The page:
Demystifying the Diversification of your ESOP Holdings
Updated: Oct 5
If you are an ESOP (Employee Stock Ownership Plan) participant it is imperative you consider when and what you will do once you are eligible to diversify your shares or receive distributions.
An ESOP is a wonderful benefit from your employer. If you’ve been with the company long enough, you may have a significant amount of your net worth invested in your employer’s stock. This is all well and good if your company continues to grow. However, having a large concentration of employer stock could expose you to huge losses if things go sideways.
Take Kodak as an example. At one point, Kodak was the 5th most valuable brand in the world. Owning shares in Kodak seemed a sure thing. Unfortunately, when Kodak declared bankruptcy in 2012 employees participating in their ESOP program faced tremendous financial loss. In fact, this situation is why the IRS requires ESOP plans to allow employees to diversify a portion of their stock once they reach a minimum eligibility requirement. Often, the minimum is 10 years in the plan and age 55.
Companies use the term diversification when you sell stock back to the company while you are still working. Companies fulfill stock repurchase obligations, or diversification, when an employee reaches age 55, buying 25% of an employee’s stock, and another 25% again at 60. The employee’s remaining stock is repurchased during retirement across 5 years.
What you do with the cash you receive is up to you. You can pay the tax and spend what remains. Or, you can delay paying the tax and move that cash to an Individual Retirement Account (IRA). You can use your IRA to invest in a diversified portfolio. This is where the term diversification comes from. You move your nest egg from a single stock to many different stocks, bonds, or mutual funds. Diversification protects you from the risk that a single company may do poorly. And, diversification may help to protect and further grow your wealth.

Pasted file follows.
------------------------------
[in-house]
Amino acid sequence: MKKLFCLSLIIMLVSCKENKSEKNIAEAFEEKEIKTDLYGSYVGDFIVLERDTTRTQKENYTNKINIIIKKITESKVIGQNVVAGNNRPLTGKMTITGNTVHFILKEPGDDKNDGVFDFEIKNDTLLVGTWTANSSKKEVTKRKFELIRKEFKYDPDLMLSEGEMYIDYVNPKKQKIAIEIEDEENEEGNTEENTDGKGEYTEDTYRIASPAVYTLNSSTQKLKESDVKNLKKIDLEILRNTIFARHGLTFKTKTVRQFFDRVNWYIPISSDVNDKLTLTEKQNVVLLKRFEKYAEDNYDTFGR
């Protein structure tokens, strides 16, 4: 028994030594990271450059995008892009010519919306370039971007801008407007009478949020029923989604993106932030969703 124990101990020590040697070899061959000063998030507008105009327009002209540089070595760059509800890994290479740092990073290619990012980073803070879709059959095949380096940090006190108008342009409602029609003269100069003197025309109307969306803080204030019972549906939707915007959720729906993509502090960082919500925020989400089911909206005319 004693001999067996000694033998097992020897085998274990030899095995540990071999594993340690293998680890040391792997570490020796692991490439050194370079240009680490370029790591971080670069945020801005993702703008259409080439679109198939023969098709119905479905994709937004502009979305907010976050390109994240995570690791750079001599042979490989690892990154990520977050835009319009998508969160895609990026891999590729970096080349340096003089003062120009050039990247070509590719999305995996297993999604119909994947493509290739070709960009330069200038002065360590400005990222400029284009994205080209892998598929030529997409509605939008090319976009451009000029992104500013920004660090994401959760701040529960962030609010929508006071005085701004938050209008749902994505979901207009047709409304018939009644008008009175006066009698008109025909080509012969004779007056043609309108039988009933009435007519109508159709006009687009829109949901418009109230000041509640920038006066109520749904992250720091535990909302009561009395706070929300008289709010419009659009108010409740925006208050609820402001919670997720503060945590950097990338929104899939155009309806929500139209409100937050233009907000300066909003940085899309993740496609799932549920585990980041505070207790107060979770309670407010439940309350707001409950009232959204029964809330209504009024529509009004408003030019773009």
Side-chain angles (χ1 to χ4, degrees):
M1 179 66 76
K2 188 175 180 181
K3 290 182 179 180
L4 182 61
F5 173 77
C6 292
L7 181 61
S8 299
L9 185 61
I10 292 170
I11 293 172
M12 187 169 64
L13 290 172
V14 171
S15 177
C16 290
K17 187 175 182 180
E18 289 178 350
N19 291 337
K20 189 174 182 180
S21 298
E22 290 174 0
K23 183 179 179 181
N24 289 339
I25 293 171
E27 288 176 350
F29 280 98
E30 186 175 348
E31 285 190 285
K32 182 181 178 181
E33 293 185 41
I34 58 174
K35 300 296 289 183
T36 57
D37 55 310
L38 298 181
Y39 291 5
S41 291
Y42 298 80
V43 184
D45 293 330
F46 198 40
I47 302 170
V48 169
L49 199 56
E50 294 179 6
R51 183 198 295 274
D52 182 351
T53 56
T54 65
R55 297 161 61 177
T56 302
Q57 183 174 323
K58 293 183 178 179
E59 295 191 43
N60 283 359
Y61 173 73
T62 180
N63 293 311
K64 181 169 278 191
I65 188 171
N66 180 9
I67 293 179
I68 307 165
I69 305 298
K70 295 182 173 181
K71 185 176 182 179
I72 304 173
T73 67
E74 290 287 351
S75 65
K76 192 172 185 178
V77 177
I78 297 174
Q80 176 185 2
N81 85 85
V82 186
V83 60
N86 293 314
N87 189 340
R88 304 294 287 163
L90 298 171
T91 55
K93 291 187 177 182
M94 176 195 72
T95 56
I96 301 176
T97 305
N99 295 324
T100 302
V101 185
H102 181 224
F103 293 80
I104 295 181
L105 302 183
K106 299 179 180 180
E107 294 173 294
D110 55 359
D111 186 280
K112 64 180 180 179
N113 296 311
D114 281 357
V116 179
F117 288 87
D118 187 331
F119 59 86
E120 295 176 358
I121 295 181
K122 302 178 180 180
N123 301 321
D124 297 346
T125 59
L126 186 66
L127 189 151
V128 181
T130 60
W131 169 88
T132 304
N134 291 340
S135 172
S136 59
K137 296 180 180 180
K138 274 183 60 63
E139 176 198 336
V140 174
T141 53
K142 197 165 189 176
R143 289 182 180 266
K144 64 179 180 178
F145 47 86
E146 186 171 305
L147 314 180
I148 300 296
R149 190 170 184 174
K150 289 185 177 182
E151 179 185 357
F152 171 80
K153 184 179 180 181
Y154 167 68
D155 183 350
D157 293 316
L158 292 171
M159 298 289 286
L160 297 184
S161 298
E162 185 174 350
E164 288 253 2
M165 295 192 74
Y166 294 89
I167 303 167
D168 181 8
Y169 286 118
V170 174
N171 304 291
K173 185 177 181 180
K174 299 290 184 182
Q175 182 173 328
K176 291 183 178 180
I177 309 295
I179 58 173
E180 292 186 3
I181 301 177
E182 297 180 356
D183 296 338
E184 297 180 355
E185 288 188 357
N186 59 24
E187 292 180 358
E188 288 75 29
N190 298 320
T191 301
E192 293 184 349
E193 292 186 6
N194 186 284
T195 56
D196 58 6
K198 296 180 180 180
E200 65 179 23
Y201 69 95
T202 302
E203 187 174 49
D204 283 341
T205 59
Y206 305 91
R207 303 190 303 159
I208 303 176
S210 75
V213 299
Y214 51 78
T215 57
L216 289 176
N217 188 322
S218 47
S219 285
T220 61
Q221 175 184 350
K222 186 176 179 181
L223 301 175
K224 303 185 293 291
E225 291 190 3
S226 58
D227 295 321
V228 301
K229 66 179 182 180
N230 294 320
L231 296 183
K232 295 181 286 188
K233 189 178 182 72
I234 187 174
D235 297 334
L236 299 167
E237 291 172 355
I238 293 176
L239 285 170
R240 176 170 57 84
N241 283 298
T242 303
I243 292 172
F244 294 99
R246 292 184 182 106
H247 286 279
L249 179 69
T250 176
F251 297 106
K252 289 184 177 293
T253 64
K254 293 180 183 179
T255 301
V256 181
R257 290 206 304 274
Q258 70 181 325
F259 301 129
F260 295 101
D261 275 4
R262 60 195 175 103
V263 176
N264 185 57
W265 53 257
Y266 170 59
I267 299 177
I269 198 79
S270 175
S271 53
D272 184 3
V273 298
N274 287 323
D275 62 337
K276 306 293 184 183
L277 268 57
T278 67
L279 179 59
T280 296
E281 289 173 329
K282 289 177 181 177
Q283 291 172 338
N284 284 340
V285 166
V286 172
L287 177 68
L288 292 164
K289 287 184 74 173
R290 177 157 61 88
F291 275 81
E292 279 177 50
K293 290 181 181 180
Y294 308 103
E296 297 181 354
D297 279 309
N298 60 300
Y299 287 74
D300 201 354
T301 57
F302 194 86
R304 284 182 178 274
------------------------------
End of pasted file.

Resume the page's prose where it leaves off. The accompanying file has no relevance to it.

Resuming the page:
Diversification happens while you are still working for the company while distribution happens once you retire from the company.
Companies use the term distribution when you sell stock back after you've retired from the company. At retirement you sell stock back to the company over a certain number of years, typically five. For example, you retire at age 65 and sell back one-fifth (20%) of your stock to the company each year during a five year period.
Similar to diversification, what you do with the cash is up to you. You can pay the tax and spend it immediately, or move the cash into a tax deferred IRA where you invest in a portfolio of mutual funds, stocks, and bonds.
How do I actually sell my shares back to the company?
At the end of each year, the company will send you a statement saying how much your stock is worth. Upon reaching the milestone age for diversification or retirement, the process for selling shares back to the company begins with the stock record keeper notifying you of eligibility. You’ll be asked to sign into a company website and complete a form. This form will indicate the number and value of shares eligible to be sold back to the company. Once completed, the company will issue a check. You can spend the check or deposit it to your IRA.
Why should I move cash from my ESOP diversification or distribution to an IRA?
Moving your ESOP cash to an IRA allows you to continue to grow your wealth for retirement by investing in a variety of stocks, bonds, and mutual funds.
IRAs have many more investment options than 401k accounts and the mutual fund fees may be lower than your 401k.
You can plan withdrawals from your IRA with the help of a financial advisor to create a steady retirement paycheck.
You can spread the taxes owed on your company stock over many years instead of paying a large amount all at once.